IQ - The Seventh House


Year of Release: 2001
Label: Giant Electric Pea
Catalog Number: GEPCD 1028
Format: CD
Total Time: 56:51:00

The new IQ album sports yet another IQ logo. So the tradition continues. In fact The Seventh House is the first true new album since Ever from 1993, if we don't count the concept album Subterranea which is different than a "normal" album. Ever to me was the best album I'd heard in a long time so I was anxious to hear its successor. I had to wait until now because after Ever my IQ collection grew with Forever Live, Seven Stories Into Ninety Eight, Subterranea, The Lost Attic and Subterranea: The Concert which, again apart from the concept, didn't really sport any new material at all.

IQ today sounds more confident than they have ever sounded before. Since Ever, the band has led a second life with a firm line-up as a result and every single member feeling at ease within the IQ concept. "The Wrong Side Of Weird" opens with some great synth playing by Martin [Orford] before the fierce bass sound of John Jowitt introduces a powerful rhythm, on top of which the unique voice of [Peter] Nicholls finds its way. Referring back to Ever which opens with "The Darkest Hour," "The Wrong Side Of Weird" can be seen in a similar vein: touching those taste-buds for more, much more! The song itself contains different atmospheres that reflect perfectly the nature of the song (and all of the album for that matter) which deals with all aspects of relationships. There's a great middle section which has Martin bend over his piano to roll out a musical carpet on top of which Nicholls can playfully balance his voice. But then it's down to eerie guitar chords and matching basslines with drummer Paul Cook adding agressive touches: the relationship rears it's ugly head one more time. Towards the end, both Jowitt and Holmes blend together to steer the song towards a first climax.

Glorious strings open "Erosion," which give way to Peter's fragile vocals. There are elements in this song which make you wonder where you've heard it before as it's so typical IQ all over, a classic from the moment you hear it. Michael Holmes did a remarkable job productionwise as you hear every little detail crystal clear. On one side you have the open arrangement, and once guitars and rhythm take over, the sounds are all over the place without being over-arranged one single second. The title track is the longest epic on this album and has Holmes fingerpicking his acoustic guitar to lay the foundation. It's once again Orford's piano which introduces a change in style, enabling him to throw in a superb dark sounding synth solo. Towards the end, mellotron sounds accompany the guitar towards a well deserved finale. "Zero Hour" is a superb, laidback kind of song which even introduces flamenco-like acoustic guitar playing by Mike, apart from the inclusion of yet another wonderful sax solo from the realms of Tony Wright. Orford also repeats Nicholls' chorus from the song "Erosion" on his synth which certainly is a very original approach.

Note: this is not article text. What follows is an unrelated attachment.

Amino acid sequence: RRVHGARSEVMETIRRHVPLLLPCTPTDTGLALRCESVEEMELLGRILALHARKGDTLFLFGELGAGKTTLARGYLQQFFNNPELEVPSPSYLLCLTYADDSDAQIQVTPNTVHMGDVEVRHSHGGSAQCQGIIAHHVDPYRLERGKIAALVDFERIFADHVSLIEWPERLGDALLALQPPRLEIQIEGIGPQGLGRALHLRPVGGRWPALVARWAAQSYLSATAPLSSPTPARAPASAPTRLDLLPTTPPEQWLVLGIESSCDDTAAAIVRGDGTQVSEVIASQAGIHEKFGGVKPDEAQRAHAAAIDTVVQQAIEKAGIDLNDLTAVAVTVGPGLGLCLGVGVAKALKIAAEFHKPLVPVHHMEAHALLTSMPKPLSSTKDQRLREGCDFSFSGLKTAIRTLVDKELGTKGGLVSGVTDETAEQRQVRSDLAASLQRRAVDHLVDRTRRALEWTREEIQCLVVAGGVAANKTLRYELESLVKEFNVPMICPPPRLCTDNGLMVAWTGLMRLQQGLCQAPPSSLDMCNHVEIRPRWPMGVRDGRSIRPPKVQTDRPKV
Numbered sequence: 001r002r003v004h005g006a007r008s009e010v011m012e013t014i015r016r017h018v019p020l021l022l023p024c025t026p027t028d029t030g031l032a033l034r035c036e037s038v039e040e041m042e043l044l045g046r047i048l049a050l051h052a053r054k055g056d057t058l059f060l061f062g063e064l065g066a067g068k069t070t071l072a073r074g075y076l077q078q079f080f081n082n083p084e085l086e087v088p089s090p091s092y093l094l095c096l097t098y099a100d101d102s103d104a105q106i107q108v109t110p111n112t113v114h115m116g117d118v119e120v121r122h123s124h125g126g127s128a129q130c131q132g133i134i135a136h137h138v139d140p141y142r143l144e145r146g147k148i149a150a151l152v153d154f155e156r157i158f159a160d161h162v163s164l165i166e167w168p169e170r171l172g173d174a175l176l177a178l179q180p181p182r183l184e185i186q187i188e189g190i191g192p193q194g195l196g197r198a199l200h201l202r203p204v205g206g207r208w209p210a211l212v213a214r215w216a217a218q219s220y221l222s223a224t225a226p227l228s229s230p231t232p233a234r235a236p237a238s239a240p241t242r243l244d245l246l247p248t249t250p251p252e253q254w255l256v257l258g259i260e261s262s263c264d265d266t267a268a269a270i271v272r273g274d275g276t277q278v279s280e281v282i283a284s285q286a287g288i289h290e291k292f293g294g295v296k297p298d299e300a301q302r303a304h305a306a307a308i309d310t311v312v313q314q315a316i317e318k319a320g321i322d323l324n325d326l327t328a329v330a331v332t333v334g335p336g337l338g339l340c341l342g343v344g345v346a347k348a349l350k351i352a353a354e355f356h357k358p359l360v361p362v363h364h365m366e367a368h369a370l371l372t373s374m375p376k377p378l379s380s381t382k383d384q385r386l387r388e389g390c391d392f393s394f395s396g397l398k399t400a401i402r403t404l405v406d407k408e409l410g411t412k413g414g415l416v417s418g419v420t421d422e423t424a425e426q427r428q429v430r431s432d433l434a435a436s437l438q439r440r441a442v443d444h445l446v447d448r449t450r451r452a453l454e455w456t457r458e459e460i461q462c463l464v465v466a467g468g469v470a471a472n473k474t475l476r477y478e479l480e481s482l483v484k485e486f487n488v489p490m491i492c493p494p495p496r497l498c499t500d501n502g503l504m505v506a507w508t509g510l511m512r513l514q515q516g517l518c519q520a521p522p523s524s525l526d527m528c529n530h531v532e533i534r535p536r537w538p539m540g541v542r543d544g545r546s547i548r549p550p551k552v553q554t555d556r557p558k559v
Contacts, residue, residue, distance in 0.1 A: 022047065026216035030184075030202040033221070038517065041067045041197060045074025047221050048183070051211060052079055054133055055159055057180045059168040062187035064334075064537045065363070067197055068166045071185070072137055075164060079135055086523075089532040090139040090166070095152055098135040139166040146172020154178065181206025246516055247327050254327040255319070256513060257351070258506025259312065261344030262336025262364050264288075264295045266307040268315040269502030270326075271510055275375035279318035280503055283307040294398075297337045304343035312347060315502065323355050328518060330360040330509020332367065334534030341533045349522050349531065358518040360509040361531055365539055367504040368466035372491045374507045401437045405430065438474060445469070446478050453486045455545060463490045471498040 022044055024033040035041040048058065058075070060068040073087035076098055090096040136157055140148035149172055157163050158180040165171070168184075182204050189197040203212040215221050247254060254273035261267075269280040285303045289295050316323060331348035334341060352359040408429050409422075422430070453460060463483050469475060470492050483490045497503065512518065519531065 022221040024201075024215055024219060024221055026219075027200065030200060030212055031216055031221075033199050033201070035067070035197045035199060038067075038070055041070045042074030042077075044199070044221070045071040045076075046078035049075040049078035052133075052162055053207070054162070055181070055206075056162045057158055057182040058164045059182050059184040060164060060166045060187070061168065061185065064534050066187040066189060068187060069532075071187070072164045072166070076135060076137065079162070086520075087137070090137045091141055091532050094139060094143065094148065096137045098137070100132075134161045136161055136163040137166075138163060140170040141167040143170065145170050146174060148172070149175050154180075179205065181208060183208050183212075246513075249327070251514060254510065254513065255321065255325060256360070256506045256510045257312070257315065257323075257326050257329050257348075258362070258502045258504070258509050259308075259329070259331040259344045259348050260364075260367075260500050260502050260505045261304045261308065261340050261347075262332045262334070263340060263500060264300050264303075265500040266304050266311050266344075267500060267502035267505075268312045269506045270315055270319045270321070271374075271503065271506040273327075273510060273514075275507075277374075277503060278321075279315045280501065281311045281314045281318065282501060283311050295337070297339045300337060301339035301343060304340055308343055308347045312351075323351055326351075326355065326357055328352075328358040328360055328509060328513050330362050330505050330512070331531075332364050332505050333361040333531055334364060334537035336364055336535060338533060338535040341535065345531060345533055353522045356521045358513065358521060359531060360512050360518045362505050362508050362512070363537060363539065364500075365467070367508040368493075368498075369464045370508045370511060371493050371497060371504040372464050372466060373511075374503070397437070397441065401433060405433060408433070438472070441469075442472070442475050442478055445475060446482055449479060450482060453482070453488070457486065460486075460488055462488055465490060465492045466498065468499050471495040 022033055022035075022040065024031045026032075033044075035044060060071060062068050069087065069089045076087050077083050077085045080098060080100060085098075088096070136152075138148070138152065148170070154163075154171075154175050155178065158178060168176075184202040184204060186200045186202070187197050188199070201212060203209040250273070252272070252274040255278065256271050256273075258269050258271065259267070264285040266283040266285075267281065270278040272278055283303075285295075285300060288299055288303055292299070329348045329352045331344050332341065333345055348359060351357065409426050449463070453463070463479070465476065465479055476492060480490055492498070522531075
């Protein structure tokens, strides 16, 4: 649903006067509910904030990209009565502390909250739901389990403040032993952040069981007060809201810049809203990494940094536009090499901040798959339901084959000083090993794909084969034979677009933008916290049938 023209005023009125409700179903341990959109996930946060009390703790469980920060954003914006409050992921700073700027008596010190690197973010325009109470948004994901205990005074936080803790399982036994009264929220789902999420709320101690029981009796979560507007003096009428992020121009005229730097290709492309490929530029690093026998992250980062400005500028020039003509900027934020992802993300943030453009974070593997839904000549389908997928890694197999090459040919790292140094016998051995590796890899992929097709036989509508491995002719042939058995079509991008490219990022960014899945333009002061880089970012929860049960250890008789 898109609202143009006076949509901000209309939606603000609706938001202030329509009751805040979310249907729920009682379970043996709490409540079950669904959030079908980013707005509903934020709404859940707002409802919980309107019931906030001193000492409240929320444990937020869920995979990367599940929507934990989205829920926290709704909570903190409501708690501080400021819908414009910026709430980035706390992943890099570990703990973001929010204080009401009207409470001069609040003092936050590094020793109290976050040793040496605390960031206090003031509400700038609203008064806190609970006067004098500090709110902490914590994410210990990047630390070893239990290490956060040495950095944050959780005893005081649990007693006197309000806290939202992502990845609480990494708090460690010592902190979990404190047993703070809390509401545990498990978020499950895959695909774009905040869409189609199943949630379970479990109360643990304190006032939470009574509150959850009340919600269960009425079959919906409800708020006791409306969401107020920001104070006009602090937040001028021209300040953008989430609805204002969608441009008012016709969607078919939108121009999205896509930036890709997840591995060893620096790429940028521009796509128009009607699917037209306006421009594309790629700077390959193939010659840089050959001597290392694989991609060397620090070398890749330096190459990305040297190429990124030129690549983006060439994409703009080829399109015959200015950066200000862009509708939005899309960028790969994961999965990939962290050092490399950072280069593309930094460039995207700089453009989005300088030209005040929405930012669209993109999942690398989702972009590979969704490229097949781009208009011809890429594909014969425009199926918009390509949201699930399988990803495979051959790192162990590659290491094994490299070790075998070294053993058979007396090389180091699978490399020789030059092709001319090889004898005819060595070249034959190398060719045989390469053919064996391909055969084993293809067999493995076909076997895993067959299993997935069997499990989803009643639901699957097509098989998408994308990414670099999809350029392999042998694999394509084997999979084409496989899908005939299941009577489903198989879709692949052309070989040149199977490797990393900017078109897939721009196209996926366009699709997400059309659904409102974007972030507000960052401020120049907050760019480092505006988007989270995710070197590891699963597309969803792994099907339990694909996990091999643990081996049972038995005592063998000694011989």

Once again Martin's keyboards sound very promising in the opening section of "Shooting Angels," but then suddenly the rest of the band introduces a very commercial sounding, almost clinical pattern. When the backing vocals sing "angels" I can't help think that this is clear cut MTV nosh. Might be a good live favourite as it will certainly move those aching limbs of the enthusiastic crowd ! The album closes with "Guiding Light" built by following the patented recipe of Martin's piano and strings backing a very melodic vocal line by Peter. It's when Martin introduces some industrial sounding synth that the rest of the band steps in, adding a repetitive nature with Mike's guitar stepping outside the mould. A bit of touch and go this song as it sounds like it's the result of several different pieces of music glued together to make up a whole resulting in the least coherent of the lot.

The Seventh House is the best album one could expect after hearing Ever because Ever will "never" be done any better, as high as their IQ might become. The six new songs definately put IQ firmly on the neo-prog map, a world which fits them as a glove, a glove which firmly holds the key ... to the seventh house!


Tracklisting:
The Wrong Side Of Weird (12:24) / Erosion (5:44) / The Seventh House (14:23) / Zero Hour (6:58) / Shooting Angels (7:24) / Guiding Light (9:58)

Musicians:
Paul Cook - drums, percussion
Michael Holmes - guitars, guitar synthesizer, keyboards
John Jowitt - bass guitar, backing vocals
Peter Nicholls - all vocals
Martin Orford - keyboards, backing vocals

Guest:

Tony Wright - saxophone

Discography:
Tales From The Lush Attic (1983)
The Wake (1985)
Nine In A Pond Is Here (1985)
Living Proof (1986)
Nomzamo (1987)
Are You Sitting Comfortably? (1989)
J'ai Pollette D'arnu (1991)
Ever (1994)
Forever Live (1996)
Subterranea (1997)
Seven Stories Into 98 (1998)
The Lost Attic (1998)
Subterranea: The Concert (2000)
The Seventh House (2001)
The Archive Collection - IQ20 (2003)
Dark Matter (2004)
Frequency Tour CD 1 (2008)
Frequency Tour CD 2 (2008)
Frequency (2009)
The Wake: Live At De Boerderij (2010)
The Wake (Deluxe Edition) (2010)
Re:Mixed (2011)
The Archive Collection - IQ30 (2012)
Tales From The Lush Attic 2013 Remix (2013)
The Road Of Bones (2014)
Live On The Road Of Bones (2016)

Subterranea: The Concert Video (VHS) (2000)
Subterranea: The Concert DVD (DVD) (2002)
IQ20 - The Twentieth Anniversary Show (DVD) (2004)
Live From London (DVD) (2005)
Stage (DVD) (2006)
Forever Live (DVD) (2007)

Genre: Progressive Rock

Origin UK

Added: February 11th 2001
Reviewer: John "Bobo" Bollenberg

Artist website: www.iq-hq.co.uk
Hits: 843
Language: english

  

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